Tuesday, April 5, 2011

Beautiful People Are Happier, Finds a Sort of Weird Study

How does it feel to be one of the beautiful people?

We already know that pretty people make more money, get better jobs, and are more likely to be conservative. The newest study making the rounds says that pretty people are happier, too. (Full text here.) Compiling data from five different studies, some of them longitudinal, researchers Daniel Hamermesh and Jason Abrevaya found that people rated as more attractive also fared better on happiness as reported through a variety of measures. “These effects are not huge,” they write, “but by the standards of the labor, education and health literatures they are not tiny.”

I could comment on the findings of the study, but really, what would I say? They’re unsurprising, if for no other reason than the domino effect: Happy people are more likely to engage in self-care, making them appear more attractive. And, yes, we’re drawn to symmetrical features and proportional bodies and all sorts of things that science loves to quantify and that I, as a non-scientist, am left feeling sort of hapless about. What I can comment on is the methodology—which isn’t terrible, but which raises some questions worth asking.

1) Of the five studies used in this aggregate study, four relied upon the attractiveness opinion of one person. That is, the bulk of the data of what constitutes beauty in these studies was decided by one person alone. In the fifth study, a panel of 12 people looked at high school graduation photographs and rated them, and the people in the photographs answered questions relating to their happiness...35 and 42 years after the photos were taken. In one of the single-rater studies, people doing the rating were elementary schoolteachers rating their own 7- and 11-year-old students.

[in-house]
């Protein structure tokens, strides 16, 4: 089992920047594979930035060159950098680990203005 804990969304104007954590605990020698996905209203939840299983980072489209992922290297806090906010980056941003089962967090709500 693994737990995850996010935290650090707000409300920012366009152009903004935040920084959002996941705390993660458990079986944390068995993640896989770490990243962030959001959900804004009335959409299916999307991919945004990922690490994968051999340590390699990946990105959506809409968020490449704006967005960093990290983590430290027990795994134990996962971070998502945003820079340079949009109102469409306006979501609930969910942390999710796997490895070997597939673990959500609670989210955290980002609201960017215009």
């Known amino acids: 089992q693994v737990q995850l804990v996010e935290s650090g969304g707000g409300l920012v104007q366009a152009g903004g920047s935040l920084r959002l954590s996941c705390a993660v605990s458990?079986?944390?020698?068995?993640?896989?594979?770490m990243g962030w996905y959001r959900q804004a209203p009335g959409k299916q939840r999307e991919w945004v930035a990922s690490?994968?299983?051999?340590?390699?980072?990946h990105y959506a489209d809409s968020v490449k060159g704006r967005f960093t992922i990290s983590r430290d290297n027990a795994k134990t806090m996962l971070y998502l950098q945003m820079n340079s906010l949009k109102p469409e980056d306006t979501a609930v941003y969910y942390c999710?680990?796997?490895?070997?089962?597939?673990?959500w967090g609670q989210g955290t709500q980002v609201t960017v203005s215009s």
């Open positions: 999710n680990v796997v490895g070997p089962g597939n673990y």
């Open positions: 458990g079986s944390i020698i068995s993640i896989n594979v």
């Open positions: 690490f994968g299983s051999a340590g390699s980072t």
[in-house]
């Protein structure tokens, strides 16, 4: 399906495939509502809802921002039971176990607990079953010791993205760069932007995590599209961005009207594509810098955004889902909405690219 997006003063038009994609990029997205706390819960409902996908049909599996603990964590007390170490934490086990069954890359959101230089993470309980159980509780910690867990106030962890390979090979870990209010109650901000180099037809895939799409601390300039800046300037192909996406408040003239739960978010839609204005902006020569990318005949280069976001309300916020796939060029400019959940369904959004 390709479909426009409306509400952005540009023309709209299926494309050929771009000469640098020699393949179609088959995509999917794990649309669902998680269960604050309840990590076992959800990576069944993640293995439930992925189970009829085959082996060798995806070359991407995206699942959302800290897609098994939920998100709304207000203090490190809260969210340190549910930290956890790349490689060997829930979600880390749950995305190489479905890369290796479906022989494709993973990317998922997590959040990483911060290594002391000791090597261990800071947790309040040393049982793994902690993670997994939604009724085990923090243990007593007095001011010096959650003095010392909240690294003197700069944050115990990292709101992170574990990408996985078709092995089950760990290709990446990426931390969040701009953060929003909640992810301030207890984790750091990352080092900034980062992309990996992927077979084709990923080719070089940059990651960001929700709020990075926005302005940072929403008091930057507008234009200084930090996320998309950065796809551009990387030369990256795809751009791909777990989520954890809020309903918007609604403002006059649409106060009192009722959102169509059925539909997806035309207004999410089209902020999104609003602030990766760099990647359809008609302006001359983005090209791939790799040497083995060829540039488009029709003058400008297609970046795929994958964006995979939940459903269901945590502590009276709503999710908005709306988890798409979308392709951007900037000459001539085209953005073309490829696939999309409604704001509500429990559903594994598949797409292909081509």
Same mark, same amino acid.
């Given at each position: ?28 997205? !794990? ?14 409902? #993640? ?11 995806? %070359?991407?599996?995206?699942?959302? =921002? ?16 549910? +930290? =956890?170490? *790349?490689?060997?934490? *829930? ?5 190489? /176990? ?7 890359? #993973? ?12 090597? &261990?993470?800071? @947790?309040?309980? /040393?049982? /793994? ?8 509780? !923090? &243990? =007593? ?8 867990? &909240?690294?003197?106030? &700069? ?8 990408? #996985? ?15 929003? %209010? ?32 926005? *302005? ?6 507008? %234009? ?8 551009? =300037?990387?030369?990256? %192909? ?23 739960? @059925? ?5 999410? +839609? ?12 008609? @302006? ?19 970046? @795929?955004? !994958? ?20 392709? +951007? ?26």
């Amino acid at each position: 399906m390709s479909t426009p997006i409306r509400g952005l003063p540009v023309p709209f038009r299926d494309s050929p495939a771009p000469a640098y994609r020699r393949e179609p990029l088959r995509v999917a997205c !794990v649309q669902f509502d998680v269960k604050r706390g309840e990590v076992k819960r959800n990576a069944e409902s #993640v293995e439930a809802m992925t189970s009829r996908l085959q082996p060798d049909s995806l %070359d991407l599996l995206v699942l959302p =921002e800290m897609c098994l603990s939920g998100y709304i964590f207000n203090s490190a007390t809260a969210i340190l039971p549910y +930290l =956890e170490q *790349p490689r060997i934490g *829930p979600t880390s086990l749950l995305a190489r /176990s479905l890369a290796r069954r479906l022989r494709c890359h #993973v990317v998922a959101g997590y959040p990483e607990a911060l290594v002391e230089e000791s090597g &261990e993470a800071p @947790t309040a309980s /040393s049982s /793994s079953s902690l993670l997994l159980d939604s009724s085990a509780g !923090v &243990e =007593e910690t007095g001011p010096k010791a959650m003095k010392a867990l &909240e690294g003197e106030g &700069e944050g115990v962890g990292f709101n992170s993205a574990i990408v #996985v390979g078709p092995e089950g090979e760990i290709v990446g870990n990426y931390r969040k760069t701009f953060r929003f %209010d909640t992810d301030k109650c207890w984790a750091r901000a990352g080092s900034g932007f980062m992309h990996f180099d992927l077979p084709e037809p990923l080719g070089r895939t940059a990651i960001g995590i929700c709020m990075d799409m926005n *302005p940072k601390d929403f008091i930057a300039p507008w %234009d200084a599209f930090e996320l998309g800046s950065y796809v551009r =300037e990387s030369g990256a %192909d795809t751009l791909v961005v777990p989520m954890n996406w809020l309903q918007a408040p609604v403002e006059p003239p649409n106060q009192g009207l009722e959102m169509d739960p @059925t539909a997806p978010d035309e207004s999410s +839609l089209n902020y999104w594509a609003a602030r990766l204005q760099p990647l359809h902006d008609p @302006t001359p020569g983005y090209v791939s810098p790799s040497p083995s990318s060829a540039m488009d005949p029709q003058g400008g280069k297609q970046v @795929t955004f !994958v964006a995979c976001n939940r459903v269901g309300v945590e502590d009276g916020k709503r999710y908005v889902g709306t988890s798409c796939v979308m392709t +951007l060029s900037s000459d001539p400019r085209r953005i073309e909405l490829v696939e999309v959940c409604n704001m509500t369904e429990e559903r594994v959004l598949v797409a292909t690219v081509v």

I’m not saying the study is flawed from a scientific point of view; in fact, the study tried to control for these factors. But to call this an aggregate study that actually reports on objective measures of beauty is deeply flawed. (My own recent experience of inadvertently having AOL users essentially rate my face showed just that—same face, same picture, called everything from gorgeous to ugly.) Even if interviewers were instructed on not skewing results based on their own personal taste preferences, when asked to put a person on a five-point scale (“Strikingly handsome or beautiful” to “Quite plain” and then “Homely”), how could anyone not use their discretion?

2) Even if there were such a thing as objective beauty, and there were a uniquely qualified person who could rate each and every one of us, most of us don’t perceive beauty as a static quality. It’s interesting to note that only one of the studies used photographs as the rating tool. Others were all in person; in three of the studies, interviewers were rating subjects they presumably had only met in this clinical setting. (And then there’s the bizarro teachers-rating-kids angle—this before teachers were investigated for publicly mocking their students’ hairstyles.) One of the interviewer/subject studies had raters assign a number to the subject both before and after the interview, an astute acknowledgment of the ways in which we naturally adjust our perception of beauty according to how much we like the person.